Graduate Economics

Originally published in the Washington Post Magazine on April 9, 2000.

Graduate students at George Washington University staged a spirited public rally at the campus’s “Professors Gate” in August 1999. Protesting low wages and a lack of medical benefits, they chanted, “One, two, three, four, GW keeps its teachers poor.” At the University of Maryland in College Park, discontented graduate students gathered more than 300 signatures and lobbied the state legislature for the right to form a union. In the 1990s, campaigns like these to organize graduate students into legally recognized unions have become almost commonplace. Ten years before, only eight such unions possessed bargaining rights in the United States. By 2000 the number had risen to 22, and a dozen additional campaigns roiled both public and private universities across the nation.

For much of the last century, graduate education hewed closely to the apprenticeship model. A doctoral student took courses, wrote a dissertation and simultaneously learned to teach undergraduates by serving an apprenticeship under a faculty mentor. As an apprentice, or teaching assistant, the student performed a few tasks designed as a long introduction to the craft of education—leading small-group discussion sections, helping with grading and conferring frequently with the professor, who shouldered the burden of the instruction. Then, as now, the degree process took many years, but those who did earn their Ph.D. could look forward to a tenure-track job that, if all went well, would yield a secure, prestigious, decently paying position in an intellectually alive community. Only the campus radicals talked about unions for graduate students.

For some students who, like me, began their doctoral programs in the last decade, that apprenticeship model seems broken beyond repair. To us, the modern university resembles not a haven of mentoring and academic cooperation, but rather an efficiency-minded corporation that exploits our low-paid labor. We flocked into doctoral programs between the late ’80s and the mid-’90s, partially because the conventional wisdom held that mass retirements of professors hired in the postwar era would mean many good jobs. Few of us, however, foresaw that universities would replace many tenure-track positions with part-time and adjunct positions, neither of which typically offer benefits, job security or, equally important, the protections of academic freedom. In 1970, according to the National Center for Education Statistics, 22 percent of the professoriate occupied part-time jobs. By 1997, that number was 42 percent.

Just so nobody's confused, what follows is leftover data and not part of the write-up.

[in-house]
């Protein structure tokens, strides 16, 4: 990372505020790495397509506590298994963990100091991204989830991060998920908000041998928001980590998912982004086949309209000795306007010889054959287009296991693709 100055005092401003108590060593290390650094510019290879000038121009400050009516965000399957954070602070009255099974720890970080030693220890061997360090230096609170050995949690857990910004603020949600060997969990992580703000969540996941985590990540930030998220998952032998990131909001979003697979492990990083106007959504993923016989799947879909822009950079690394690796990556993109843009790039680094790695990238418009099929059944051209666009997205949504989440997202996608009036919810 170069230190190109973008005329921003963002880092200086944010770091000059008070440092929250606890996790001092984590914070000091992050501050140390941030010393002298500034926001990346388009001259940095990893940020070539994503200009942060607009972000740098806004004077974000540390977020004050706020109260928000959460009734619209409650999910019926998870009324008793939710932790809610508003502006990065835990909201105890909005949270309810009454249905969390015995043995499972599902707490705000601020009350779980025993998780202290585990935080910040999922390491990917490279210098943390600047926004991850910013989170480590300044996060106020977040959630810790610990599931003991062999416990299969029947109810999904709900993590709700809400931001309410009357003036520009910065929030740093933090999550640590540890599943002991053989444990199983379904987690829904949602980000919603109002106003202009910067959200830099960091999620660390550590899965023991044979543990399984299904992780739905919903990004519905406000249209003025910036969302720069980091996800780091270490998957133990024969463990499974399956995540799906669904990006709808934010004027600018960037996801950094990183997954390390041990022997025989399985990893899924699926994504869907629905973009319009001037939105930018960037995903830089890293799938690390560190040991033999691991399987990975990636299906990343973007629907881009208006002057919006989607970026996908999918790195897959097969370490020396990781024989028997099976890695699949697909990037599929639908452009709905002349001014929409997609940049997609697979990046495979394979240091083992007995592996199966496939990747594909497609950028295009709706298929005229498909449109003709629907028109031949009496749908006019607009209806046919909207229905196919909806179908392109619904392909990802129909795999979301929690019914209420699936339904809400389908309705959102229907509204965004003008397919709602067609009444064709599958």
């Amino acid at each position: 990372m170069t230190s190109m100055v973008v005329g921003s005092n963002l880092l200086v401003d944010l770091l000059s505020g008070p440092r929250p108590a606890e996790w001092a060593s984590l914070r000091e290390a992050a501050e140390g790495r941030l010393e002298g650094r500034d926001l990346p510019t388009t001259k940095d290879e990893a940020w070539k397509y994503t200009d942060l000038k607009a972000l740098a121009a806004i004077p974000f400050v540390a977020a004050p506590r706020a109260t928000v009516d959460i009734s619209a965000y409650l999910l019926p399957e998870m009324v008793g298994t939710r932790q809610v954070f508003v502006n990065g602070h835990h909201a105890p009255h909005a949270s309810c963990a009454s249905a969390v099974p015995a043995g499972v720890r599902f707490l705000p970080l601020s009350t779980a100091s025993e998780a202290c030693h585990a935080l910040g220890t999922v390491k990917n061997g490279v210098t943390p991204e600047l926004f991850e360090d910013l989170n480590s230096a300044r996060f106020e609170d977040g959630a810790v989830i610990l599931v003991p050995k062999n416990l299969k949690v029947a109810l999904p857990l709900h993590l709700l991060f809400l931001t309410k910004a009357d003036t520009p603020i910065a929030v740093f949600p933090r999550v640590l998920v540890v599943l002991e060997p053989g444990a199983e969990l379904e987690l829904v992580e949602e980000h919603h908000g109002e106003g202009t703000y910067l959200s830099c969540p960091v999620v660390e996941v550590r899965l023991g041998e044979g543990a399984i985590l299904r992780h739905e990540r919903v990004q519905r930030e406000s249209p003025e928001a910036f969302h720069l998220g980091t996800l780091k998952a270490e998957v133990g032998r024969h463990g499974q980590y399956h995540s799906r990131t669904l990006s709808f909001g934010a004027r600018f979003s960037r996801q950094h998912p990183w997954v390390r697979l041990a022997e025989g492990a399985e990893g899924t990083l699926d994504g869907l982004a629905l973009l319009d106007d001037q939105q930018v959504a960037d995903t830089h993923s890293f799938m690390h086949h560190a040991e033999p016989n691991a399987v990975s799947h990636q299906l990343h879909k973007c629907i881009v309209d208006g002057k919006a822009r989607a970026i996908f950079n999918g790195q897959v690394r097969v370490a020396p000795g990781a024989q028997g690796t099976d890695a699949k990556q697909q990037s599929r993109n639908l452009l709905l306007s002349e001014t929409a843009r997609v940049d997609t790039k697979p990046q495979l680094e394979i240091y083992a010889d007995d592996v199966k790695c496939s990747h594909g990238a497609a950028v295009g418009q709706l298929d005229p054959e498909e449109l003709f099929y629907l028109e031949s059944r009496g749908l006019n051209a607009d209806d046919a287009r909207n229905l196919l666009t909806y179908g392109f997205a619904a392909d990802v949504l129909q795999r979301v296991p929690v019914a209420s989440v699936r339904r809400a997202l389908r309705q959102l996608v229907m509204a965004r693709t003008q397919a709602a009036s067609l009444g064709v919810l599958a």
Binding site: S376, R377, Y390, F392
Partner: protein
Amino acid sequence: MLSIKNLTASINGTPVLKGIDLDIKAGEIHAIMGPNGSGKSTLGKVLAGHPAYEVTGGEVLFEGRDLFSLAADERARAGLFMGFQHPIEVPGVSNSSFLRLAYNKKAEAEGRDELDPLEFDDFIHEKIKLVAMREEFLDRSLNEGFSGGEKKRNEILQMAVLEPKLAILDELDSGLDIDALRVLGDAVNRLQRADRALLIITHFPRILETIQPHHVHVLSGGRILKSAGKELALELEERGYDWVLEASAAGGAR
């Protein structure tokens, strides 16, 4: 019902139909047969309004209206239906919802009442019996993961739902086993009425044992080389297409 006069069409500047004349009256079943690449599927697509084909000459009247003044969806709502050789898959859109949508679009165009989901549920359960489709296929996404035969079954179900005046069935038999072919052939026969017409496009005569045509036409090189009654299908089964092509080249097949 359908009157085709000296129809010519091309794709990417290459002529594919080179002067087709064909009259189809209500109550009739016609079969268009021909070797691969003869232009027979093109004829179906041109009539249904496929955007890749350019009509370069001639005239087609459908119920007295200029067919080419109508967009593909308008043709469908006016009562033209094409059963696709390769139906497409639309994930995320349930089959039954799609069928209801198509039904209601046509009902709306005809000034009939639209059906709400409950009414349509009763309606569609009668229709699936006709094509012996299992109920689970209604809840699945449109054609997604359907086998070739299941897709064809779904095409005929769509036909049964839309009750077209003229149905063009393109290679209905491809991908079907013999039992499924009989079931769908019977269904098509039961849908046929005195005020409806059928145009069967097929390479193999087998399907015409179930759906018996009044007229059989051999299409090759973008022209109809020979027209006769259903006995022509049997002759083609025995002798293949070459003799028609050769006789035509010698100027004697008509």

Nor did we anticipate that as part of this restructuring of the educational work force—the casualization of academic work—big universities would also begin to rely on graduate teaching assistants as sources of cheap labor. At the University of Kansas, for example, the Kansas Public Employee Relations Board found that TAs in the English department had taught zero upper-level undergraduate courses in 1979, but 25 of them in 1993. The TAs’ work that year cost the university “$51,297 as compared to $209,413 if faculty members had been hired,” the board said. At many major universities, graduate students now handle as much as half of the entire teaching load.

As our classroom duties have increased, they have also changed character. The TAs’ job description has “evolved over time,” says Richard Hurd, a professor of labor studies at Cornell University. “They went from discussion group leaders and teachers of summer classes to essentially part-time faculty.” Once we assisted professors by grading papers. Now we teach courses—sometimes even large lecture courses—on our own. The burden of teaching undergraduates is shifting from the tenured faculty to us. Little wonder that as teaching undergraduates increasingly has become our responsibility, many of us identify ourselves not as “apprentices” but rather as campus employees who contribute significantly to the economic well-being of our institutions.

In addition, graduate student organizers across the country point to disproportionate wages paid per course (professors generally get far higher rates, sometimes for teaching the same courses), declining or nonexistent health benefits, rising tuition and enrollment fees, and the absence of effective grievance procedures. At Maryland, the university’s own financial aid office states that graduate students need $12,375 to live adequately in the metropolitan area for nine months. Yet TAs in the English department there receive only about $9,800 per school year after taxes, according to student organizers.